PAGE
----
To the editor,
I understand how easy and tempting it is to judge past civilizations through a modern lens. Without the proper context, one’s judgement will be forever clouded.
Unfortunate and abhorrent as it may be, slavery was a way of life in the mid-1800s in the American South. It was the engine that drove manufacturing, and it was the engine that generated fabulous wealth for the elite and the political ruling class. It was these elitists who were threatened by the abolition of slavery. It was these elitists who seceded from the Union. It was not the average Southern American working their farm trying to get by.
A strong allegiance to one’s state was much more common during that time than it is today. These states were less than 100 years removed from being independent colonies. Many of those colonies were hesitant to even join a union after an eight-year war with England. My point is that the citizens had a strong sense of independence. It was part of their DNA, if you will.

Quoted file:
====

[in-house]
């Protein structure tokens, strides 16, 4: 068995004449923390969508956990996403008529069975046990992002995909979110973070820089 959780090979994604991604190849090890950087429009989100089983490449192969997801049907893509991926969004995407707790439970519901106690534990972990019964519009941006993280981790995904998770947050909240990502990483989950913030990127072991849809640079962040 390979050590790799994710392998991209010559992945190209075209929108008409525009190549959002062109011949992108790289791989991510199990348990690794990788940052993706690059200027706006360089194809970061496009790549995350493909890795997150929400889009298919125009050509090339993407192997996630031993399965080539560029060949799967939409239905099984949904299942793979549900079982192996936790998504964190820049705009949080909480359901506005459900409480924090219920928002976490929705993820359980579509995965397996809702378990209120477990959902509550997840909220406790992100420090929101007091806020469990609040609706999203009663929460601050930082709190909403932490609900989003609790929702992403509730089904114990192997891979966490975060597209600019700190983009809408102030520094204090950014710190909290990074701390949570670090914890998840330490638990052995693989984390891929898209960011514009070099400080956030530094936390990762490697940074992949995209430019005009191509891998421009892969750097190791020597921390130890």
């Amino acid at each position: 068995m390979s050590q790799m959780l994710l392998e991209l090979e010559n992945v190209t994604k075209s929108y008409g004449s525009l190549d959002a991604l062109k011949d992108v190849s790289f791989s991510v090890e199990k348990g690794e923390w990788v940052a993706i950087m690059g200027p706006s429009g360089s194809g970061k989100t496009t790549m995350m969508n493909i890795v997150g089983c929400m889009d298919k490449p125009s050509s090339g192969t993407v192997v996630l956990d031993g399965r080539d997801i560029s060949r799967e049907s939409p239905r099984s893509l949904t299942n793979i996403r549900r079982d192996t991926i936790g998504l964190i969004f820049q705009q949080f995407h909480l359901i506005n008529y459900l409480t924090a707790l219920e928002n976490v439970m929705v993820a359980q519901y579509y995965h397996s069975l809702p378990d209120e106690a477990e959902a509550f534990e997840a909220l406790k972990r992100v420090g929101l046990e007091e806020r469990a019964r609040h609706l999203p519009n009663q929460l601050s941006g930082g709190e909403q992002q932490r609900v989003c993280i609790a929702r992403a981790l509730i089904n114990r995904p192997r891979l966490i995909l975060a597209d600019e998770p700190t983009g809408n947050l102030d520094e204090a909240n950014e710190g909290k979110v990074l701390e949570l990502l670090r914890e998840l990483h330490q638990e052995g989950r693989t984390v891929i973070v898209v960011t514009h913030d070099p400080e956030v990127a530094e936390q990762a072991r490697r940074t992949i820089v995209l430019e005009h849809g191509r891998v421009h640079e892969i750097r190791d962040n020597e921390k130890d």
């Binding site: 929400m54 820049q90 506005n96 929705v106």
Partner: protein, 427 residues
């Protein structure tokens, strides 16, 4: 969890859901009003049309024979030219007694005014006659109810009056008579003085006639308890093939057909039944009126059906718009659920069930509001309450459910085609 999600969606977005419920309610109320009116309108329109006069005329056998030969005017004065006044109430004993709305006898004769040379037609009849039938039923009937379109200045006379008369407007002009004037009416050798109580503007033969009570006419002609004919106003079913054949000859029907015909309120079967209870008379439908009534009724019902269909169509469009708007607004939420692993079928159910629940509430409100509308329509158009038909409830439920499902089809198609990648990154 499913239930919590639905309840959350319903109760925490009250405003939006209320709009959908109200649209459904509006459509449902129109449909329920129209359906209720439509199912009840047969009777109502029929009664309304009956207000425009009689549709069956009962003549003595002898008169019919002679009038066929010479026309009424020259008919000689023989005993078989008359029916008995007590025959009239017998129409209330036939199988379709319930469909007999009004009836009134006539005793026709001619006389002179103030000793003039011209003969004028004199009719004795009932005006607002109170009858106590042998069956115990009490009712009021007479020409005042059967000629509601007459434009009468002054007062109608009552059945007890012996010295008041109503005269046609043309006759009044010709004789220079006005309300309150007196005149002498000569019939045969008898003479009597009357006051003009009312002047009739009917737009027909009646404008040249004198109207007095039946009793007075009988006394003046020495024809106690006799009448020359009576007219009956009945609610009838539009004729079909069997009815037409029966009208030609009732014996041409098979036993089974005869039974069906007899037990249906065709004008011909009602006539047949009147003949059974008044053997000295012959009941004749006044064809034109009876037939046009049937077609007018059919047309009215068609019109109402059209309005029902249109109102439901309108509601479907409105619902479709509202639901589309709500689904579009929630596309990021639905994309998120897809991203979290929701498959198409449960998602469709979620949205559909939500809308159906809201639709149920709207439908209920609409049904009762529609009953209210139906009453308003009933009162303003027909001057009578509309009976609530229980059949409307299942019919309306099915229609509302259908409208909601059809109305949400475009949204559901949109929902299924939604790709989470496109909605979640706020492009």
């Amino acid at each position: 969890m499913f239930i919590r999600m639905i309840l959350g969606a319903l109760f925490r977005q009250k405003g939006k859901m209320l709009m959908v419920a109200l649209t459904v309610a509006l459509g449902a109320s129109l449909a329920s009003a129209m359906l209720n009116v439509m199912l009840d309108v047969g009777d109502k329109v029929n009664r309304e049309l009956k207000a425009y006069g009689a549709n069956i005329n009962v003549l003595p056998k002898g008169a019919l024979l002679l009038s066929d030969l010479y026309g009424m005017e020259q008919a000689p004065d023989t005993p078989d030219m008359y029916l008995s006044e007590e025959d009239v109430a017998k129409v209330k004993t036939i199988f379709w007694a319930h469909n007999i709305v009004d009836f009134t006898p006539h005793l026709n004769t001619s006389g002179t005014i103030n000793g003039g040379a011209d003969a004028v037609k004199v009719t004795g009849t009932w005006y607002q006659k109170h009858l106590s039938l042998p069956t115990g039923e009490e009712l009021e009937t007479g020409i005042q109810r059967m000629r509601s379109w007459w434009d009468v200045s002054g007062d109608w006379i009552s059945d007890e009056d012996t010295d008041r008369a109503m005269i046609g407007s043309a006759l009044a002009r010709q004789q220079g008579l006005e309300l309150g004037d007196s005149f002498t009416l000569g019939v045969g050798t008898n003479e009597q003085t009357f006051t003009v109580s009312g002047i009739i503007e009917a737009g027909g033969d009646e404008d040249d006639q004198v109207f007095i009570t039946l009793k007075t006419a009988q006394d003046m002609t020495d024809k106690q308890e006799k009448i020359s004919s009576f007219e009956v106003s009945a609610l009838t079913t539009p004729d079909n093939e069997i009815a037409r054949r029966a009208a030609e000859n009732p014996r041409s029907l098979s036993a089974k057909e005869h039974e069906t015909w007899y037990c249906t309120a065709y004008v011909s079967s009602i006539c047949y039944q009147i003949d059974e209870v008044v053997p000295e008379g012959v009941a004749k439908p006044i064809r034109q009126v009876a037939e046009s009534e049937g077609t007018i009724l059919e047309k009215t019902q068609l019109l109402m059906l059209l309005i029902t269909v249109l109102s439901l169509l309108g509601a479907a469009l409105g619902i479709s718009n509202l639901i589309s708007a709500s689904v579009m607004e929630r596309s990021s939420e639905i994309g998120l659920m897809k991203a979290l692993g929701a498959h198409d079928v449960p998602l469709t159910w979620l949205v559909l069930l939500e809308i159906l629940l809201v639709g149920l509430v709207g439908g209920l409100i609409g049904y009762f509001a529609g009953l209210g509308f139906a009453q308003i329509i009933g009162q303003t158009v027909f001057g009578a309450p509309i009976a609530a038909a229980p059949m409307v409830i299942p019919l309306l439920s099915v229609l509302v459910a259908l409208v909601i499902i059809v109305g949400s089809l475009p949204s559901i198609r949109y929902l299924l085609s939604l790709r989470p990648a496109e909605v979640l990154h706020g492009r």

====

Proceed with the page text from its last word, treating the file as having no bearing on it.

When the Southern states seceded and war was on their doorstep, many had a decision to make: Do I fight against my family, friends and my home, or do I fight for my family and friends? That was really the only choice that most had. They had no choice in the matter of secession. It was the elite and the political ruling class that had decided that for them.
Do I support the celebration of the crooked, wealthy political leaders who so earnestly wanted a civil war? Absolutely not. However, the Confederate troops on the ground were not the traitors that so many flippantly call them. They were doing the job assigned to them by their superiors.
Supporting the protection of our Confederate monument honoring those fallen in battle is not an endorsement of the Confederacy, racism or slavery. It’s remembering that fellow Americans and ancestors died and suffered terrible hardship for a terrible cause mislabeled as a “glorious cause” by those for whom it would benefit. Maybe if we remember that, we won’t let it happen again.